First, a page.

The Strange Problem with iPSCs

Though research on stem cells is already decades old, attempts to grow them to maturity in the laboratory often fail. Induced pluripotent stem cells (iPSCs) are already mature cells coaxed to going back to being stem cells. However, the strange problem that researchers have been having with them is that their maturation stops in the embryonic stage, even if they’re grown in a dish for more than a year.

Now, researchers from the Johns Hopkins University have published a study showing why. They even imply a possible way to overcome it. As the research team is interested in treating heart ailments using stem cells, they hope that the findings will advance the use of stem cells to study and treat adult-onset heart diseases.

New Findings

To learn more of this problem and how it might be resolved, the researchers analyzed more than 200 heart cell samples from mice embryos and animals of every stage through their adulthood. They also looked at cells from lab-grown heart tissue, which was grown from iPSCs.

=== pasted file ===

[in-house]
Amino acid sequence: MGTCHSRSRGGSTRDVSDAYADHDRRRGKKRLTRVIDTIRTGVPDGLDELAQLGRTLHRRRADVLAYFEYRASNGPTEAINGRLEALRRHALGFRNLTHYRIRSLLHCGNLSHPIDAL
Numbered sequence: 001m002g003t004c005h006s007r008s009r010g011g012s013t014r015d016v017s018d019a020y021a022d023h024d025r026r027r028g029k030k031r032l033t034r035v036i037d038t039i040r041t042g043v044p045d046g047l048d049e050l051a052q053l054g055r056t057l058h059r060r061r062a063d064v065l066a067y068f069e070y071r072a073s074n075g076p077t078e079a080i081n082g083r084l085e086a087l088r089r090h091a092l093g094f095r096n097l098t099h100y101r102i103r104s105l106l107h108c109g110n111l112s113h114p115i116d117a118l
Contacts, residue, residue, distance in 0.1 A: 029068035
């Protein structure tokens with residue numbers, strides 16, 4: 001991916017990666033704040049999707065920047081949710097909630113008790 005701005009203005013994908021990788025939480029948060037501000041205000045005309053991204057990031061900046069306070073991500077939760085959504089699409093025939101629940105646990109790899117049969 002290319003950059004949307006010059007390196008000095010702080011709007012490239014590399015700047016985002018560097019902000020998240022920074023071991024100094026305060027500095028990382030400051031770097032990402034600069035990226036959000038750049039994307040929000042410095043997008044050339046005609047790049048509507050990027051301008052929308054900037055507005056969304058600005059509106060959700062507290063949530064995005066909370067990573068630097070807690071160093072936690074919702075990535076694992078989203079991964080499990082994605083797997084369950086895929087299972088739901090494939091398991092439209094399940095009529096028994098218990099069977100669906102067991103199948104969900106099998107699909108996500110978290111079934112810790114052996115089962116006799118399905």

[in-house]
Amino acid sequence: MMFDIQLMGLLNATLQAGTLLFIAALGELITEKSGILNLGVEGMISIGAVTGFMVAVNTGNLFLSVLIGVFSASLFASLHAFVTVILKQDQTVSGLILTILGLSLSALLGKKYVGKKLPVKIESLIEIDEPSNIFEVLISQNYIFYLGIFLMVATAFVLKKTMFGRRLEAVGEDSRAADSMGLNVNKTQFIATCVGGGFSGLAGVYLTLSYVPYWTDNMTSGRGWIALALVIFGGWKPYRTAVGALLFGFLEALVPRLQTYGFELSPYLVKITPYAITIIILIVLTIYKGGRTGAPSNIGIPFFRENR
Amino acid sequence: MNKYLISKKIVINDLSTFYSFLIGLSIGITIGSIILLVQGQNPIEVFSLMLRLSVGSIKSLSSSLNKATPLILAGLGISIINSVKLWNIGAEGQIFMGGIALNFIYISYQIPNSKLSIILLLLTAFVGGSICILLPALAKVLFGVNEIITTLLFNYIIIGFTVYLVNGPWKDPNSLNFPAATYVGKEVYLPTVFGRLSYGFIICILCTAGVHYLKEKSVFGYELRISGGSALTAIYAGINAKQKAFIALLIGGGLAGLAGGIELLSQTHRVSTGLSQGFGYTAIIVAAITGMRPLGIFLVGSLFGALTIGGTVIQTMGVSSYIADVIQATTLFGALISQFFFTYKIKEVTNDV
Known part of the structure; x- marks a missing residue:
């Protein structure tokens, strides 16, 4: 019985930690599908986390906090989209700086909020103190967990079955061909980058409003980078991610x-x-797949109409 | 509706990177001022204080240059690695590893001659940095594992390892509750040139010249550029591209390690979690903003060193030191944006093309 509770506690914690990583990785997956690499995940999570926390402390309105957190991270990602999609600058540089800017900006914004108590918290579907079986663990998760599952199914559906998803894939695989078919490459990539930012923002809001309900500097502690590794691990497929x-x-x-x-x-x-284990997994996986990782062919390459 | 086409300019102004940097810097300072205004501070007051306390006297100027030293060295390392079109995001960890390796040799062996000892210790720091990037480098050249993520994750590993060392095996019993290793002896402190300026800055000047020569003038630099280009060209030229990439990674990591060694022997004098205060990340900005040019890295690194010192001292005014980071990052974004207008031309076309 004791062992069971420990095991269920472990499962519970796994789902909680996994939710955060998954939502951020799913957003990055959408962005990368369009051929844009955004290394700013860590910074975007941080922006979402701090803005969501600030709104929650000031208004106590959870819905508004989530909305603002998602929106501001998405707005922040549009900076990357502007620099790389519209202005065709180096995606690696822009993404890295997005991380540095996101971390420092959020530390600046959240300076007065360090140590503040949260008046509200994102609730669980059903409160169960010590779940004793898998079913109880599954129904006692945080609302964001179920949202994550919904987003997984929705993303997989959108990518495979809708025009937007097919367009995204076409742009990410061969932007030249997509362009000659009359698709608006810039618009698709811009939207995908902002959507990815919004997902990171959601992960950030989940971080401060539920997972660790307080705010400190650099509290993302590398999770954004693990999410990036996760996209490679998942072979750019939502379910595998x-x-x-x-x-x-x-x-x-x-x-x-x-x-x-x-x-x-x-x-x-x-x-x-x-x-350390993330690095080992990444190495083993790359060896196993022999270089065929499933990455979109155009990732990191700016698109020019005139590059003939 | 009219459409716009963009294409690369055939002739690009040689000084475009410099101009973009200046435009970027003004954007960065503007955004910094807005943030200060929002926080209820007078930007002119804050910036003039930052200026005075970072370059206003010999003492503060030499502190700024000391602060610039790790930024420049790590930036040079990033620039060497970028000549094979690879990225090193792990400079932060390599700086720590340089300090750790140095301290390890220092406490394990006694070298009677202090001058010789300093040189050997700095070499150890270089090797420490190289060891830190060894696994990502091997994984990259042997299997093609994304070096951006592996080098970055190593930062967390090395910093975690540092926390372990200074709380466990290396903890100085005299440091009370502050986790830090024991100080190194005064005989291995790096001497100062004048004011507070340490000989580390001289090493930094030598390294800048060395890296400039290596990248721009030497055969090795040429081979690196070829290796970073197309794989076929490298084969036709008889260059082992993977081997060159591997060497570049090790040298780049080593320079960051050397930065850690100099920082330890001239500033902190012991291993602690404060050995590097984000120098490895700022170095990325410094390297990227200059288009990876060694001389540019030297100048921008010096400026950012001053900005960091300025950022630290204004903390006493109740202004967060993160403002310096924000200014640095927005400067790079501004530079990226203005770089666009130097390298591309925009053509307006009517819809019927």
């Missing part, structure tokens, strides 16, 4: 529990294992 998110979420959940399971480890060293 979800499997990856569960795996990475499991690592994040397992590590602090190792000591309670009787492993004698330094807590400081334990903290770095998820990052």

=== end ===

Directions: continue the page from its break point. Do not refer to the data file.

Cells mature by intricately expressing genes at precise moments so that the right proteins are made at the right time. Specifically, the researchers looked at the expression of more than 17,000 genes in the cells to try and determine if a particular gene was being used and how much it was being underutilized.

The results pointed towards certain pathways that normally halt and resume as heart cells mature. Surprisingly, in the iPSCs, many of the pathways that were supposed to be off in adult cells were on, and vice versa; their maturation levels corresponded to that of late-gestation embryos, potentially explaining why iPSCs have maturation arrests. The next step for the researchers now is to know how to tune the pathways to induce true maturity and recreate adult heart tissue in the lab. They also intend to use their method to study tissue maturation of other organs.


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